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“The Imitation Game” shines in the Virginia Film Festival

WWII biopic has wit, heart


“The Imitation Game” begins with a Benedict Cumberbatch voiceover — telling the audience to pay attention, and advising them not to miss a single detail.

An opening like this seems to suggest a mystery is afoot — but this is not the case entirely. In actuality, the film is another biopic of an extraordinary WWII-era British individual from The Weinstein Company — think 2010’s Best Picture winner “The King’s Speech.”

“The Imitation Game,” however, is not a repetition of TWC’s winning formula. This film thrives on Cumberbatch’s excellent lead performance to tell the story of the genius Alan Turing, who not only revolutionized the field of computer science, but whose work also saved thousands if not millions of lives during World War II — only to be later prosecuted on charges of homosexuality.

The film is split into three chronologies, the primary of which is Turing’s decryption of the Enigma Machine during WWII. Enigma was used for all major Nazi military communications — thus, breaking it could be the key to winning the war.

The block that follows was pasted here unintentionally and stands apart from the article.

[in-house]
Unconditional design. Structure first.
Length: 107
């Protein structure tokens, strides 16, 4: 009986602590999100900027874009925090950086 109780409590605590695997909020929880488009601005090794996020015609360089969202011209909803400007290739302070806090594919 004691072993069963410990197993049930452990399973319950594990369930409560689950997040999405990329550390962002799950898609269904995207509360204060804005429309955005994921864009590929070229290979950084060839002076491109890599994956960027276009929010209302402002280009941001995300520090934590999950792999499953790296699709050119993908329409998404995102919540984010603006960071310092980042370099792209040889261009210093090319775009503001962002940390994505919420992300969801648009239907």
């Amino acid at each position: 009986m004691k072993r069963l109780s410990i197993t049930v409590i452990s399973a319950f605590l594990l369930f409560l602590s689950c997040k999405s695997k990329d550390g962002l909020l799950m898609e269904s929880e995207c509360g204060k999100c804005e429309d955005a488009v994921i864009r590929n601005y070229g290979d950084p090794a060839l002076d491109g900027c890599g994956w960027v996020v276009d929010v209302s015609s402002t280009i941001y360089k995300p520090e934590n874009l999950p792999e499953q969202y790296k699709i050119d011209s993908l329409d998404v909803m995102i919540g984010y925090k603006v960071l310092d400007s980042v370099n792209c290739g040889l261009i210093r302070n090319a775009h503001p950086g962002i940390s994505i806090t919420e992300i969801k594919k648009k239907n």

Turing is brought in by Commander Alastair Denniston (Charles Dance, best known as Tywin Lannister in “Game of Thrones”) to join a team of code breakers tasked with cracking Enigma. The machine has millions of possible settings which are changed every day — giving the team less than 24 hours to crack a message before an entire day’s work becomes useless. While his teammates race to decode daily messages, Turing immediately begins work on “Christopher,” a computer designed to crack the Enigma code on any possible setting. Doubted by his peers, Turing ultimately finds an ally in Joan Clarke (Keira Knightley), a brilliant code breaker who must contend with the “boy’s club” of military cryptanalysts.

Cumberbatch plays Turing as an eccentric genius with a comical lack of social skills. His inability to connect with other people is played for big laughs, lending the movie a surprising number of funny moments. At the same time, Turing’s internal turmoil grounds the performance, making his character easy to root for as the audience grieves the premature loss of his genius.

The film pushes the theme of unexpected and underestimated individuals accomplishing wonders — and while the expression of this idea in the film is clunky, it is no less true.

Ultimately, The “The Imitation Game" — driven by Cumberbatch’s performance, an abundance of humor and the melancholy finale — is a highlight of the Virginia Film Festival.


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